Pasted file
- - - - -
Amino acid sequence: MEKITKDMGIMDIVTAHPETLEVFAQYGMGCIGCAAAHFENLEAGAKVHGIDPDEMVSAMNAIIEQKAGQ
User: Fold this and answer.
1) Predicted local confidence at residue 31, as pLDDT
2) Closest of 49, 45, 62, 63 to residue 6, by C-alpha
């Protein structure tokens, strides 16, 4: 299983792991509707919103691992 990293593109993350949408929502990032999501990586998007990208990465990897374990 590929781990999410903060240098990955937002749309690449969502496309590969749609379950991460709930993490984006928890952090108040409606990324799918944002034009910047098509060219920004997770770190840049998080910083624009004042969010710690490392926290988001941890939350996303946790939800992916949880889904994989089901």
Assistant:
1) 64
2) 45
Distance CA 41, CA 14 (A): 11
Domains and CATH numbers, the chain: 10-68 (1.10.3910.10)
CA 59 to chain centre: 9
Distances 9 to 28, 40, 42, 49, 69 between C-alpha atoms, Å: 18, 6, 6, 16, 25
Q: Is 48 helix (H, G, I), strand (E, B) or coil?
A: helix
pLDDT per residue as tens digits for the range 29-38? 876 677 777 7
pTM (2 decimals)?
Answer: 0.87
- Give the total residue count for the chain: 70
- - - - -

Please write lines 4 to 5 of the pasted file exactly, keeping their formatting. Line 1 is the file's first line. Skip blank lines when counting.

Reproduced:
2) Closest of 49, 45, 62, 63 to residue 6, by C-alpha
């Protein structure tokens, strides 16, 4: 299983792991509707919103691992 990293593109993350949408929502990032999501990586998007990208990465990897374990 590929781990999410903060240098990955937002749309690449969502496309590969749609379950991460709930993490984006928890952090108040409606990324799918944002034009910047098509060219920004997770770190840049998080910083624009004042969010710690490392926290988001941890939350996303946790939800992916949880889904994989089901």